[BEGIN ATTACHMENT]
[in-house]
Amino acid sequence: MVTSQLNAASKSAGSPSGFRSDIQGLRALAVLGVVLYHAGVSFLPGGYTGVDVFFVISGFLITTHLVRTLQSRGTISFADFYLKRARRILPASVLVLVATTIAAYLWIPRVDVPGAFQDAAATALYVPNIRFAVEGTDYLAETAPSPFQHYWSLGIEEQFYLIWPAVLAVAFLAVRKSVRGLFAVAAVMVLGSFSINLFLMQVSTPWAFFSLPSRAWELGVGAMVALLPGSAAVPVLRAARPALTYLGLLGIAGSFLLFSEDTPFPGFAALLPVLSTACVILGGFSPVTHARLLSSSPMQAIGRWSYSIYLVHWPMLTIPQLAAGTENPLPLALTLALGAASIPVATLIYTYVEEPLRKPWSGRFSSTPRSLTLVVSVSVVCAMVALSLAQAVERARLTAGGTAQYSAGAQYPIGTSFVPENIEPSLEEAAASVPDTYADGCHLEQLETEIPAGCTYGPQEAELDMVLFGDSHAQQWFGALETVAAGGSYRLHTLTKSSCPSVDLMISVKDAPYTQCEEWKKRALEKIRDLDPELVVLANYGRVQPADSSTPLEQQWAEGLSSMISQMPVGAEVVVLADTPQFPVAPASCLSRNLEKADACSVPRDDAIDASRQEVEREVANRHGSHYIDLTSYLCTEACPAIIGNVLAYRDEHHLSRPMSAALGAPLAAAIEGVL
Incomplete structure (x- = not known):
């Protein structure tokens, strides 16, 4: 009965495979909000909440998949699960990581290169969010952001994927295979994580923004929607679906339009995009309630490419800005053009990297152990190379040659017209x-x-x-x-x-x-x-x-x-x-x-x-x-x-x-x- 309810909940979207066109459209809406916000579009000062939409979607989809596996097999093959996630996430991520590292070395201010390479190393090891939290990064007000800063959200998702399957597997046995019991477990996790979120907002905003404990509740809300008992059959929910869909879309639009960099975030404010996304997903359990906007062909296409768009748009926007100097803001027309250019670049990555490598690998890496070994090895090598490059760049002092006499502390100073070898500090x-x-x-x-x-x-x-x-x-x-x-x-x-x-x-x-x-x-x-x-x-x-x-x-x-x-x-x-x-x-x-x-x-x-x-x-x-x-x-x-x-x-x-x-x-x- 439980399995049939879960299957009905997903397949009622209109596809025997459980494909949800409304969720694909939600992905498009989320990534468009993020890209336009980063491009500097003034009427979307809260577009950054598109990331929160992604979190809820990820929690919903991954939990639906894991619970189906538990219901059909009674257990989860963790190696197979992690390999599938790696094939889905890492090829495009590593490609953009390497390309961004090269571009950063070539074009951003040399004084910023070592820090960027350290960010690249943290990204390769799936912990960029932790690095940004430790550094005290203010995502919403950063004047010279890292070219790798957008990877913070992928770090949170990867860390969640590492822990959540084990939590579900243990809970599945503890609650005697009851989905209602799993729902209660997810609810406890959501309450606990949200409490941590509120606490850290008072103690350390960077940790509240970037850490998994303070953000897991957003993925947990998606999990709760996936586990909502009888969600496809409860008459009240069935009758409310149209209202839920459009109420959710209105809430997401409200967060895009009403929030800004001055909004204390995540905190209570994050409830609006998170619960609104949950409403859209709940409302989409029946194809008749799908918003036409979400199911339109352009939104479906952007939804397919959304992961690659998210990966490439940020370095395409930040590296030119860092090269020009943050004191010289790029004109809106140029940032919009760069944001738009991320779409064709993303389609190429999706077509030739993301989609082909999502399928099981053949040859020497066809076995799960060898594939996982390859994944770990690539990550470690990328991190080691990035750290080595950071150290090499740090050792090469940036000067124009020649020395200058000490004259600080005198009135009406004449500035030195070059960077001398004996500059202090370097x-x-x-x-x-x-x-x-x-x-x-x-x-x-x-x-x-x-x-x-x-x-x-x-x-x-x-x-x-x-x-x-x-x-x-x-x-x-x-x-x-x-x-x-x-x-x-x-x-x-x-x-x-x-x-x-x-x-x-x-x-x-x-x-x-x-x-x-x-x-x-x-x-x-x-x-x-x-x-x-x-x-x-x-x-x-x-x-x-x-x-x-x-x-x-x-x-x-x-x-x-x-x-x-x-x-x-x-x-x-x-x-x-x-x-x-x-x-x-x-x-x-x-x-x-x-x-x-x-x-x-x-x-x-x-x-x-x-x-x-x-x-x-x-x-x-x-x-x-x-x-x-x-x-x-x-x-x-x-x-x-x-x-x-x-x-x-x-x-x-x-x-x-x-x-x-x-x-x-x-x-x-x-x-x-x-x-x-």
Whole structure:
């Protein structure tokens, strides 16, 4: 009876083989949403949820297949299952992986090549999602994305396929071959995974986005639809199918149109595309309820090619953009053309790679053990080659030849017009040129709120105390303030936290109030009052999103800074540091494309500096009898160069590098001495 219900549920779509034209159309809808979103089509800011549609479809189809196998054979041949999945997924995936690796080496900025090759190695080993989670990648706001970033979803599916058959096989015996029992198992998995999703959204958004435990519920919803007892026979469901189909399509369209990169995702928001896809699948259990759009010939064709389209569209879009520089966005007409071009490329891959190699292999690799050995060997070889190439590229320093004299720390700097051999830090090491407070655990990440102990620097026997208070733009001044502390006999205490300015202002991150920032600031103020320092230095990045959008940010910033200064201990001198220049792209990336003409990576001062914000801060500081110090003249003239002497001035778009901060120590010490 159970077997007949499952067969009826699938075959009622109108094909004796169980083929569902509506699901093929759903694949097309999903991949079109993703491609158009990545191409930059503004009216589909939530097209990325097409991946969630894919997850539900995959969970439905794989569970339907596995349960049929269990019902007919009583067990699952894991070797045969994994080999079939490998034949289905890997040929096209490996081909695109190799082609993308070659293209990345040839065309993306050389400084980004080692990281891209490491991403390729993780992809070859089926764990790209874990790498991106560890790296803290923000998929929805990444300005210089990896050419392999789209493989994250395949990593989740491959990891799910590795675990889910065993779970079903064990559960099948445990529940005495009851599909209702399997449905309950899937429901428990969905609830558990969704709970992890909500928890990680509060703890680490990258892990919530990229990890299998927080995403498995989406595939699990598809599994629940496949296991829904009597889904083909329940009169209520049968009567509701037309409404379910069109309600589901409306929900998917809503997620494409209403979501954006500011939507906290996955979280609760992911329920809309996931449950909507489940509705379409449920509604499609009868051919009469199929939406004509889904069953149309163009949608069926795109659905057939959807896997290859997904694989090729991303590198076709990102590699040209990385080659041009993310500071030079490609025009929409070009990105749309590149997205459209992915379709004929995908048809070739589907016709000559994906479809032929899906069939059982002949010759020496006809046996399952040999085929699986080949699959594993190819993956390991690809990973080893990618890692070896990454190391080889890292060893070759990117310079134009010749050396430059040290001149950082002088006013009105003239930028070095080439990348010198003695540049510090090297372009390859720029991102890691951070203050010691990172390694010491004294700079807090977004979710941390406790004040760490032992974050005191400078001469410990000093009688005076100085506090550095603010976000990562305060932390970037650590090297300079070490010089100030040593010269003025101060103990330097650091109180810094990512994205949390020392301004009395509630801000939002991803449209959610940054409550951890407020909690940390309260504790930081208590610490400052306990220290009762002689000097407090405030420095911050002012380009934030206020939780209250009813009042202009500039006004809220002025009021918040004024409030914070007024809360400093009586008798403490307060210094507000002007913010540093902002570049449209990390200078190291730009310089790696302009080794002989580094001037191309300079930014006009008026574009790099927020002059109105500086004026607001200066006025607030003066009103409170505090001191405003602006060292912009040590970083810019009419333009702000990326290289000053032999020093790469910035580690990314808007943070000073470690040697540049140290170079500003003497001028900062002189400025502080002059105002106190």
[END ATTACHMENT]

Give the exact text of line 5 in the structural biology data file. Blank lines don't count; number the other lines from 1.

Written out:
Whole structure: